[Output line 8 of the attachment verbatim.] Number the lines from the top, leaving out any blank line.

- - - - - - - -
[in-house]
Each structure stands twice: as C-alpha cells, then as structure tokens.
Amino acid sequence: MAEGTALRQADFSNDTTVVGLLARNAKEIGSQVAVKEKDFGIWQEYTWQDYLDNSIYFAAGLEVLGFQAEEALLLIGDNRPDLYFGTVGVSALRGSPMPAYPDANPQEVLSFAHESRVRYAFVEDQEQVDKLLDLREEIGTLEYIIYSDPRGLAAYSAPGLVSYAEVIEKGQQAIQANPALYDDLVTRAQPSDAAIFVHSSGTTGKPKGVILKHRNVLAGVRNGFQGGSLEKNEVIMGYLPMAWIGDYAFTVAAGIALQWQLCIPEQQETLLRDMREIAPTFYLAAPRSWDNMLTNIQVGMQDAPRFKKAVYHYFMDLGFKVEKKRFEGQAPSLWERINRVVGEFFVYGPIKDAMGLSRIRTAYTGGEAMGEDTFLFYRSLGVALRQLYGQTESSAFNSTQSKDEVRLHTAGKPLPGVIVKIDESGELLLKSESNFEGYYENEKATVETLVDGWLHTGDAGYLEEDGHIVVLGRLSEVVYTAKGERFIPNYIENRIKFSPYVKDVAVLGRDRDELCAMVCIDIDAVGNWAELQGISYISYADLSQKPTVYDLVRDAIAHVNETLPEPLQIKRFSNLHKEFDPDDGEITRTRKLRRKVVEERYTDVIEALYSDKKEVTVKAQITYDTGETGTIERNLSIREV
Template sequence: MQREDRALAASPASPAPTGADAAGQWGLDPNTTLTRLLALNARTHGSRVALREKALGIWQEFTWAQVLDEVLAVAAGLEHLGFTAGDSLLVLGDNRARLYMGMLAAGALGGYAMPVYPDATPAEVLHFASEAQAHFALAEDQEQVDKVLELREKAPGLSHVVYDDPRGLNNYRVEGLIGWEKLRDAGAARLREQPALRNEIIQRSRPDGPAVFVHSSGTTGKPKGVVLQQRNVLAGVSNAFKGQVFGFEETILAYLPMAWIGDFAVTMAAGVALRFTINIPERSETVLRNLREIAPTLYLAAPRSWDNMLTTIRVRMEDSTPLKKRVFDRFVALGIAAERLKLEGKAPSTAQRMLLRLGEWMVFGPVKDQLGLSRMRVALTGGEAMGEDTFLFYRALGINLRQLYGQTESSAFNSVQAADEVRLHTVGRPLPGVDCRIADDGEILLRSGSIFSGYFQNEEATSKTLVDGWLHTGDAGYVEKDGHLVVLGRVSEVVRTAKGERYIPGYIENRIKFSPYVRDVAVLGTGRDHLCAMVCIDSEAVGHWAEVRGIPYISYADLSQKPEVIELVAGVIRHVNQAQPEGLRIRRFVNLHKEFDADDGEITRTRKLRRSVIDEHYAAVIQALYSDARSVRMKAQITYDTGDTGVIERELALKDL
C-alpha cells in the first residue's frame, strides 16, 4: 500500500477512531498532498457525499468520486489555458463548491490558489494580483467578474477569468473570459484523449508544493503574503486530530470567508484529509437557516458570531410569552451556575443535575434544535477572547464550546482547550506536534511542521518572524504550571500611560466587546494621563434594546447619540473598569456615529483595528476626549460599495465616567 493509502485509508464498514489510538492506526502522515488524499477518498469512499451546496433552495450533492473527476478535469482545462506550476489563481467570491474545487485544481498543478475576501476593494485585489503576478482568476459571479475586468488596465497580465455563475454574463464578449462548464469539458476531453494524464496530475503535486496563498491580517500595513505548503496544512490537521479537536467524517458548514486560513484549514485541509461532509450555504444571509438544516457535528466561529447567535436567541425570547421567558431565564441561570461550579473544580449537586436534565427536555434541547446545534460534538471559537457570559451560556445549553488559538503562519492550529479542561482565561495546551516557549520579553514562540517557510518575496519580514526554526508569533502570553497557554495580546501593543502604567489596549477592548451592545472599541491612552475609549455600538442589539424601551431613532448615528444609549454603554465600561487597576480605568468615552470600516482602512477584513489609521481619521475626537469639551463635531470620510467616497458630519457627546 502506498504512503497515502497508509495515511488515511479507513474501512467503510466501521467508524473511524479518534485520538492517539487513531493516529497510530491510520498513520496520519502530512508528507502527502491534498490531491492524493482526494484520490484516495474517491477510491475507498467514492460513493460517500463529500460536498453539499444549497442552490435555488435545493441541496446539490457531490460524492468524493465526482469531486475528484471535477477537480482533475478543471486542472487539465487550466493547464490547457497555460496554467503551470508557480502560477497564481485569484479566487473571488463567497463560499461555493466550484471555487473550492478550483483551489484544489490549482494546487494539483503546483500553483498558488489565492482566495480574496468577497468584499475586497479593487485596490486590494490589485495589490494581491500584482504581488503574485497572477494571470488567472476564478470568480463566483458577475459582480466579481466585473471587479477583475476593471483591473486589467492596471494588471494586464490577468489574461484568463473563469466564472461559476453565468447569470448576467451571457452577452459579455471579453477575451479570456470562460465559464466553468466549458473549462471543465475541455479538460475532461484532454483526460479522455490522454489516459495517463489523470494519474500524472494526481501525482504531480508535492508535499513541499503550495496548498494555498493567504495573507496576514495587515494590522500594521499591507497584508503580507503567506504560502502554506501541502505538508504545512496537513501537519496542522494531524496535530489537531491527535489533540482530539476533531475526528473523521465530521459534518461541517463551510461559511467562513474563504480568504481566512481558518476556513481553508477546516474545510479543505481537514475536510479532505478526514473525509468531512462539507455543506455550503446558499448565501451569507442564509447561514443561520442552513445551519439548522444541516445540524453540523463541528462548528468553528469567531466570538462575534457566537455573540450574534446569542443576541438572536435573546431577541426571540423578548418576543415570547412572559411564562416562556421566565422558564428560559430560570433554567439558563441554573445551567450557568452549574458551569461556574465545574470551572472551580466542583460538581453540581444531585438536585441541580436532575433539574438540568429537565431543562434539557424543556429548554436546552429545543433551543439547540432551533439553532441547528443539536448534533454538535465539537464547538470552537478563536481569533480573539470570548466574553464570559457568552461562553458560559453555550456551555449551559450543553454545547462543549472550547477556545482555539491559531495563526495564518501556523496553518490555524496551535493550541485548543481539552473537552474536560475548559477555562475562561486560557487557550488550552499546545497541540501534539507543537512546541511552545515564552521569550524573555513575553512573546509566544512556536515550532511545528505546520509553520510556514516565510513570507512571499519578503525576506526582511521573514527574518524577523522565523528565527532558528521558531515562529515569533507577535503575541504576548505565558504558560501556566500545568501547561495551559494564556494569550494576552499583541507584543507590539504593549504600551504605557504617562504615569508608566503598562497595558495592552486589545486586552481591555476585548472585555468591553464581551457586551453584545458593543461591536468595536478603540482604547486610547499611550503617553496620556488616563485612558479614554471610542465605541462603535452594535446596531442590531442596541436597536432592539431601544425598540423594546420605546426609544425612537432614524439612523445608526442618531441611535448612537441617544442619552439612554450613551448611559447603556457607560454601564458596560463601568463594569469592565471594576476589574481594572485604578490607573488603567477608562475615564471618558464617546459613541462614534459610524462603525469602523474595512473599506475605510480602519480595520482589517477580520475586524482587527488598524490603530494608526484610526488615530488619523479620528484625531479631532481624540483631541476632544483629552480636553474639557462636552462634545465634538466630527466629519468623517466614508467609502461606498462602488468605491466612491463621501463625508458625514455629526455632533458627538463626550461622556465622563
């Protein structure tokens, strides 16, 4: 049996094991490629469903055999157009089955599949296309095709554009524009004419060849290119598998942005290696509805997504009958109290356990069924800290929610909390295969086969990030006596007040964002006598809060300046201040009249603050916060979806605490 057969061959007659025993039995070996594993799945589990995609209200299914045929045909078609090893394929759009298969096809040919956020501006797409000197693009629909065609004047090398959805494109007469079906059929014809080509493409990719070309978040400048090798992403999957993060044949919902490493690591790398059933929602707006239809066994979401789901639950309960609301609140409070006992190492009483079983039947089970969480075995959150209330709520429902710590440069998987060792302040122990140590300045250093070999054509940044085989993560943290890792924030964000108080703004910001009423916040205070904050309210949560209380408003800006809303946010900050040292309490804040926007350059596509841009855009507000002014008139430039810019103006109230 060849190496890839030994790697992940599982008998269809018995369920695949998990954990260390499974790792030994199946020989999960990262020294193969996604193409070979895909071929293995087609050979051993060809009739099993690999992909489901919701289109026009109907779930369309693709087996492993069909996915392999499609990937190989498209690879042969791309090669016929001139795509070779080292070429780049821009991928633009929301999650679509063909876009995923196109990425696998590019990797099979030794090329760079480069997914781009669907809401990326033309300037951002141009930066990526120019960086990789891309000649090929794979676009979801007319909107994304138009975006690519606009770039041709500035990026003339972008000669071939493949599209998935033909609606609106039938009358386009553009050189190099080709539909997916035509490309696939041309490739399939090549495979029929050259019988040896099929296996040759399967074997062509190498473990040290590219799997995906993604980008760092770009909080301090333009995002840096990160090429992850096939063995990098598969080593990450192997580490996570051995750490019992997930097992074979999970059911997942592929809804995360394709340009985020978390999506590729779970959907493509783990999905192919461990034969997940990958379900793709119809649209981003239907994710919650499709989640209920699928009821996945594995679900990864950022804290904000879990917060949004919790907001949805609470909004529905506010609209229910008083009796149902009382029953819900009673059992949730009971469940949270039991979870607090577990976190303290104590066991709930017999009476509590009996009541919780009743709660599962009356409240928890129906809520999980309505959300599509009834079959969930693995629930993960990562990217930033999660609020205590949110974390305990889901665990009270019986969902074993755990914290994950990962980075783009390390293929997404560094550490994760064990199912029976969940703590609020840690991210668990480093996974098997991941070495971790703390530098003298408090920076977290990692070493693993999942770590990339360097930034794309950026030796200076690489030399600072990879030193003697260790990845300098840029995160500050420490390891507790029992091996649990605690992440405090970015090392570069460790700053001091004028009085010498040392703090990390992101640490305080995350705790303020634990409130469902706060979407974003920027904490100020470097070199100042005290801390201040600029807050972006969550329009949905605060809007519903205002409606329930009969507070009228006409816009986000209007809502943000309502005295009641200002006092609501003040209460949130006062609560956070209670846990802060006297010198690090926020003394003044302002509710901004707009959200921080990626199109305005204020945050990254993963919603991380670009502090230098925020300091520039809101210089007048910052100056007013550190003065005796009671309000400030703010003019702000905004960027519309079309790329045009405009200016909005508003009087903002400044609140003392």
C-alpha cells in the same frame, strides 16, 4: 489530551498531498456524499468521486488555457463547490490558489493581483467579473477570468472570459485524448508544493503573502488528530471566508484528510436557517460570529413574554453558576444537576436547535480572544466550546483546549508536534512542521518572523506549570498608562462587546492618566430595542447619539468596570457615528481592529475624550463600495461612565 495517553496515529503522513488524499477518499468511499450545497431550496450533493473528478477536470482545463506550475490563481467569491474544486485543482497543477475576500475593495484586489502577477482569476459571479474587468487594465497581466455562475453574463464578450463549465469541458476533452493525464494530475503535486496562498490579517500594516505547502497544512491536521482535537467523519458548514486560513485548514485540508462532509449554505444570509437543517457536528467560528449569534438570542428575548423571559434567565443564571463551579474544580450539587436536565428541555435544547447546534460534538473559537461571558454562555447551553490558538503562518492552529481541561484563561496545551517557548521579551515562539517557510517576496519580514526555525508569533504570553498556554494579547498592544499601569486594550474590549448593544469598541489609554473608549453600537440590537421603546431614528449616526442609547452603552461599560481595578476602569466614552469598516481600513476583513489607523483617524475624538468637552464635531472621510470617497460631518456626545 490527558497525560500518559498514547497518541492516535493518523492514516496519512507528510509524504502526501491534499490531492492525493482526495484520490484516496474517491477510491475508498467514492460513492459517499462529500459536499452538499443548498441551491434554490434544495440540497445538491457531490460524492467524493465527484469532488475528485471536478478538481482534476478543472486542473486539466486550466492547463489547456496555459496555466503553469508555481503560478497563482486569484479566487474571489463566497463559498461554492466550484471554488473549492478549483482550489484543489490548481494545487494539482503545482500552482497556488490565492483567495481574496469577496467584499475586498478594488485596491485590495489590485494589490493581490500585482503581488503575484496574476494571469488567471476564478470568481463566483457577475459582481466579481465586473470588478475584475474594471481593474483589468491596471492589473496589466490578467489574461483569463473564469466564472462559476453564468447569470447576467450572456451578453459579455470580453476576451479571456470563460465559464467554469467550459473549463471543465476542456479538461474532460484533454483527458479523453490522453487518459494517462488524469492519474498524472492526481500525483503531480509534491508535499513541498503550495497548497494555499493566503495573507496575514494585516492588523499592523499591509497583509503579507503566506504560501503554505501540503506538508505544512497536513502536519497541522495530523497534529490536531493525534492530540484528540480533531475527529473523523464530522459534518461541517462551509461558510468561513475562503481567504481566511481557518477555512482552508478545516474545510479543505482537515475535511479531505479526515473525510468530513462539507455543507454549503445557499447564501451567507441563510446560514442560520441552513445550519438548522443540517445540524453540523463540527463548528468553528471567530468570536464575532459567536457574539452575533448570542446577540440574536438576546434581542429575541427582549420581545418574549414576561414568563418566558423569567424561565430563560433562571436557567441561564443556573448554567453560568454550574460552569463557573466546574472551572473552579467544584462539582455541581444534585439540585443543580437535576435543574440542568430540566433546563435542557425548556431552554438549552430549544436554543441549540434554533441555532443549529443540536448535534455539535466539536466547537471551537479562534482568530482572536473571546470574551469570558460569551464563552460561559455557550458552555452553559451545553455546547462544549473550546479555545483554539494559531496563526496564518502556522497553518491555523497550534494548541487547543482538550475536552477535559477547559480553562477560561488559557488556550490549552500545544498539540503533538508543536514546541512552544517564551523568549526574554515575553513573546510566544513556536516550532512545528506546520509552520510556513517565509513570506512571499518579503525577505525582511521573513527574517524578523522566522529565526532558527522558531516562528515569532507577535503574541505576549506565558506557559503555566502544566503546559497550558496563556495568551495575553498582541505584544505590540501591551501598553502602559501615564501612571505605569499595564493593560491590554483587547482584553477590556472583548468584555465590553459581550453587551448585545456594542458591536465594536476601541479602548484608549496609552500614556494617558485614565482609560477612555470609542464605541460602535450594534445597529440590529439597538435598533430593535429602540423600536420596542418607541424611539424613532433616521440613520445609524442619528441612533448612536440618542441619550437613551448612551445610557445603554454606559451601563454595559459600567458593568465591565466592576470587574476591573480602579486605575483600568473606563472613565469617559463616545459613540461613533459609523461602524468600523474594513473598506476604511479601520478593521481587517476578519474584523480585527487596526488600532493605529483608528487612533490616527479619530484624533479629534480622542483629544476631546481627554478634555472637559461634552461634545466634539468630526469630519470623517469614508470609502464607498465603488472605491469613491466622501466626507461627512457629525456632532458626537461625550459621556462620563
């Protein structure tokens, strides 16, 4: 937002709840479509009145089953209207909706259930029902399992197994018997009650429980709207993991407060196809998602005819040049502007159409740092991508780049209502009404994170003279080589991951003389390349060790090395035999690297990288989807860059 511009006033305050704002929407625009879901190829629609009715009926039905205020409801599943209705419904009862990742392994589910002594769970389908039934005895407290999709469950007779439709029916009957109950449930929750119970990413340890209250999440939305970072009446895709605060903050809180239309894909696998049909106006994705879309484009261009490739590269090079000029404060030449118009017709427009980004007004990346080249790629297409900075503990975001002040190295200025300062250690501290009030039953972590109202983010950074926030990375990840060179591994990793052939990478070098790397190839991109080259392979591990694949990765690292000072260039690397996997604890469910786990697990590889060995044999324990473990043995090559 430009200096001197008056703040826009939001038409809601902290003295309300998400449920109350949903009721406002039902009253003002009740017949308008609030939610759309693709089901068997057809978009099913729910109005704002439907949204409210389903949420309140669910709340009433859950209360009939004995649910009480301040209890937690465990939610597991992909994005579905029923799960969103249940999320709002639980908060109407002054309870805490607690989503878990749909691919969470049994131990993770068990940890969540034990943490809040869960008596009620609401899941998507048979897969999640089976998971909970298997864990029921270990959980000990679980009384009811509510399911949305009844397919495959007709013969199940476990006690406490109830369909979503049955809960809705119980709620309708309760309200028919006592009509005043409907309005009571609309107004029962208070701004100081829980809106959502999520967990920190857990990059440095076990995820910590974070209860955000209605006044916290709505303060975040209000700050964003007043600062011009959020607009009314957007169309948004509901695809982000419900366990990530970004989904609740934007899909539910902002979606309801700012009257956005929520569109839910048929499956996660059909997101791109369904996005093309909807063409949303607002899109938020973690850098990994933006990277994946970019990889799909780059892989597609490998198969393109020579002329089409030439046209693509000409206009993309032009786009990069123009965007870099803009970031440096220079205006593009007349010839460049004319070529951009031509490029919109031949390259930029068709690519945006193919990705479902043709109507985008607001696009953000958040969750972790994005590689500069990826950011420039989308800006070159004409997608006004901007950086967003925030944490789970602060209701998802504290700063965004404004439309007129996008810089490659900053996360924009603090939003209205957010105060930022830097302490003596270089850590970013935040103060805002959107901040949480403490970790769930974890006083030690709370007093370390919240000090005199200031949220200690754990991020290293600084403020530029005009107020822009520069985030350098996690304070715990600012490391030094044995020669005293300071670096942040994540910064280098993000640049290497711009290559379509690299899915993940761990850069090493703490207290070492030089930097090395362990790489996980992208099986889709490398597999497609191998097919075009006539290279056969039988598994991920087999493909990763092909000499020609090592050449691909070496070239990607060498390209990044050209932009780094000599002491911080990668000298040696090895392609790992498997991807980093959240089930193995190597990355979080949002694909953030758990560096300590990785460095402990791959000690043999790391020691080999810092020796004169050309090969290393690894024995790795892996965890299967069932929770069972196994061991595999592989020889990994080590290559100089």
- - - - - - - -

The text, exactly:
């Protein structure tokens, strides 16, 4: 937002709840479509009145089953209207909706259930029902399992197994018997009650429980709207993991407060196809998602005819040049502007159409740092991508780049209502009404994170003279080589991951003389390349060790090395035999690297990288989807860059 511009006033305050704002929407625009879901190829629609009715009926039905205020409801599943209705419904009862990742392994589910002594769970389908039934005895407290999709469950007779439709029916009957109950449930929750119970990413340890209250999440939305970072009446895709605060903050809180239309894909696998049909106006994705879309484009261009490739590269090079000029404060030449118009017709427009980004007004990346080249790629297409900075503990975001002040190295200025300062250690501290009030039953972590109202983010950074926030990375990840060179591994990793052939990478070098790397190839991109080259392979591990694949990765690292000072260039690397996997604890469910786990697990590889060995044999324990473990043995090559 430009200096001197008056703040826009939001038409809601902290003295309300998400449920109350949903009721406002039902009253003002009740017949308008609030939610759309693709089901068997057809978009099913729910109005704002439907949204409210389903949420309140669910709340009433859950209360009939004995649910009480301040209890937690465990939610597991992909994005579905029923799960969103249940999320709002639980908060109407002054309870805490607690989503878990749909691919969470049994131990993770068990940890969540034990943490809040869960008596009620609401899941998507048979897969999640089976998971909970298997864990029921270990959980000990679980009384009811509510399911949305009844397919495959007709013969199940476990006690406490109830369909979503049955809960809705119980709620309708309760309200028919006592009509005043409907309005009571609309107004029962208070701004100081829980809106959502999520967990920190857990990059440095076990995820910590974070209860955000209605006044916290709505303060975040209000700050964003007043600062011009959020607009009314957007169309948004509901695809982000419900366990990530970004989904609740934007899909539910902002979606309801700012009257956005929520569109839910048929499956996660059909997101791109369904996005093309909807063409949303607002899109938020973690850098990994933006990277994946970019990889799909780059892989597609490998198969393109020579002329089409030439046209693509000409206009993309032009786009990069123009965007870099803009970031440096220079205006593009007349010839460049004319070529951009031509490029919109031949390259930029068709690519945006193919990705479902043709109507985008607001696009953000958040969750972790994005590689500069990826950011420039989308800006070159004409997608006004901007950086967003925030944490789970602060209701998802504290700063965004404004439309007129996008810089490659900053996360924009603090939003209205957010105060930022830097302490003596270089850590970013935040103060805002959107901040949480403490970790769930974890006083030690709370007093370390919240000090005199200031949220200690754990991020290293600084403020530029005009107020822009520069985030350098996690304070715990600012490391030094044995020669005293300071670096942040994540910064280098993000640049290497711009290559379509690299899915993940761990850069090493703490207290070492030089930097090395362990790489996980992208099986889709490398597999497609191998097919075009006539290279056969039988598994991920087999493909990763092909000499020609090592050449691909070496070239990607060498390209990044050209932009780094000599002491911080990668000298040696090895392609790992498997991807980093959240089930193995190597990355979080949002694909953030758990560096300590990785460095402990791959000690043999790391020691080999810092020796004169050309090969290393690894024995790795892996965890299967069932929770069972196994061991595999592989020889990994080590290559100089």